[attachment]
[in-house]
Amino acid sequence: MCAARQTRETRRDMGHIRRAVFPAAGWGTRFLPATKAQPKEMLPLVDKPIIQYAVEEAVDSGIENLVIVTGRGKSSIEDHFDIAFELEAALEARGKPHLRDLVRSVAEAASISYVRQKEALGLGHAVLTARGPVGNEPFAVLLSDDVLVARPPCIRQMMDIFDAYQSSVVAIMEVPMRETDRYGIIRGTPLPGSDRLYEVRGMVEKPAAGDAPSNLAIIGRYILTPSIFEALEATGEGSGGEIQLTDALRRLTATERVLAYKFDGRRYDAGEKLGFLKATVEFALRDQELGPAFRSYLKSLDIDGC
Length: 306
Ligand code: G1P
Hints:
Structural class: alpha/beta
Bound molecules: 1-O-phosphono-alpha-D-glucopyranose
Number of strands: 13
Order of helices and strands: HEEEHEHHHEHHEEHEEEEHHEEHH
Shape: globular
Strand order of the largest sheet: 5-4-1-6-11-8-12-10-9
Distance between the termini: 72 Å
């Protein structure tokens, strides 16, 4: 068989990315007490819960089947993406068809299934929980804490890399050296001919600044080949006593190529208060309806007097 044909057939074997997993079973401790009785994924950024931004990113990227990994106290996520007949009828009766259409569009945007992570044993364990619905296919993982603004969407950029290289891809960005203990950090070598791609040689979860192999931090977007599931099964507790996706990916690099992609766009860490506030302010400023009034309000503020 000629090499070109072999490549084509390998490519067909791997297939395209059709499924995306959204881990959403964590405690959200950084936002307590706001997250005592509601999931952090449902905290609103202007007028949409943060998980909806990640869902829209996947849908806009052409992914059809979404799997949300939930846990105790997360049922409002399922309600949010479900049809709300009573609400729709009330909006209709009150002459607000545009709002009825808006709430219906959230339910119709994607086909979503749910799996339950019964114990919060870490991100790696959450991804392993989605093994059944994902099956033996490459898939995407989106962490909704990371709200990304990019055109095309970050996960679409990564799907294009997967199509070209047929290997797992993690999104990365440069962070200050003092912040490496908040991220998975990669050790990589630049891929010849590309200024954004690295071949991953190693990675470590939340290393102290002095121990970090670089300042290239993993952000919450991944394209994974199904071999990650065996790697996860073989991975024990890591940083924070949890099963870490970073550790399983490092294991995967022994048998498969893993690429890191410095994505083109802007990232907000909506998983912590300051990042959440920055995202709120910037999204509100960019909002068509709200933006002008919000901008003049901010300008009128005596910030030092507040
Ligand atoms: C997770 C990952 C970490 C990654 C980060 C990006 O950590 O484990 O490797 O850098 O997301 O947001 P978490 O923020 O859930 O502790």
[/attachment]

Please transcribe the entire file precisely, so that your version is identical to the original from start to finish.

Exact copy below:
[in-house]
Amino acid sequence: MCAARQTRETRRDMGHIRRAVFPAAGWGTRFLPATKAQPKEMLPLVDKPIIQYAVEEAVDSGIENLVIVTGRGKSSIEDHFDIAFELEAALEARGKPHLRDLVRSVAEAASISYVRQKEALGLGHAVLTARGPVGNEPFAVLLSDDVLVARPPCIRQMMDIFDAYQSSVVAIMEVPMRETDRYGIIRGTPLPGSDRLYEVRGMVEKPAAGDAPSNLAIIGRYILTPSIFEALEATGEGSGGEIQLTDALRRLTATERVLAYKFDGRRYDAGEKLGFLKATVEFALRDQELGPAFRSYLKSLDIDGC
Length: 306
Ligand code: G1P
Hints:
Structural class: alpha/beta
Bound molecules: 1-O-phosphono-alpha-D-glucopyranose
Number of strands: 13
Order of helices and strands: HEEEHEHHHEHHEEHEEEEHHEEHH
Shape: globular
Strand order of the largest sheet: 5-4-1-6-11-8-12-10-9
Distance between the termini: 72 Å
């Protein structure tokens, strides 16, 4: 068989990315007490819960089947993406068809299934929980804490890399050296001919600044080949006593190529208060309806007097 044909057939074997997993079973401790009785994924950024931004990113990227990994106290996520007949009828009766259409569009945007992570044993364990619905296919993982603004969407950029290289891809960005203990950090070598791609040689979860192999931090977007599931099964507790996706990916690099992609766009860490506030302010400023009034309000503020 000629090499070109072999490549084509390998490519067909791997297939395209059709499924995306959204881990959403964590405690959200950084936002307590706001997250005592509601999931952090449902905290609103202007007028949409943060998980909806990640869902829209996947849908806009052409992914059809979404799997949300939930846990105790997360049922409002399922309600949010479900049809709300009573609400729709009330909006209709009150002459607000545009709002009825808006709430219906959230339910119709994607086909979503749910799996339950019964114990919060870490991100790696959450991804392993989605093994059944994902099956033996490459898939995407989106962490909704990371709200990304990019055109095309970050996960679409990564799907294009997967199509070209047929290997797992993690999104990365440069962070200050003092912040490496908040991220998975990669050790990589630049891929010849590309200024954004690295071949991953190693990675470590939340290393102290002095121990970090670089300042290239993993952000919450991944394209994974199904071999990650065996790697996860073989991975024990890591940083924070949890099963870490970073550790399983490092294991995967022994048998498969893993690429890191410095994505083109802007990232907000909506998983912590300051990042959440920055995202709120910037999204509100960019909002068509709200933006002008919000901008003049901010300008009128005596910030030092507040
Ligand atoms: C997770 C990952 C970490 C990654 C980060 C990006 O950590 O484990 O490797 O850098 O997301 O947001 P978490 O923020 O859930 O502790």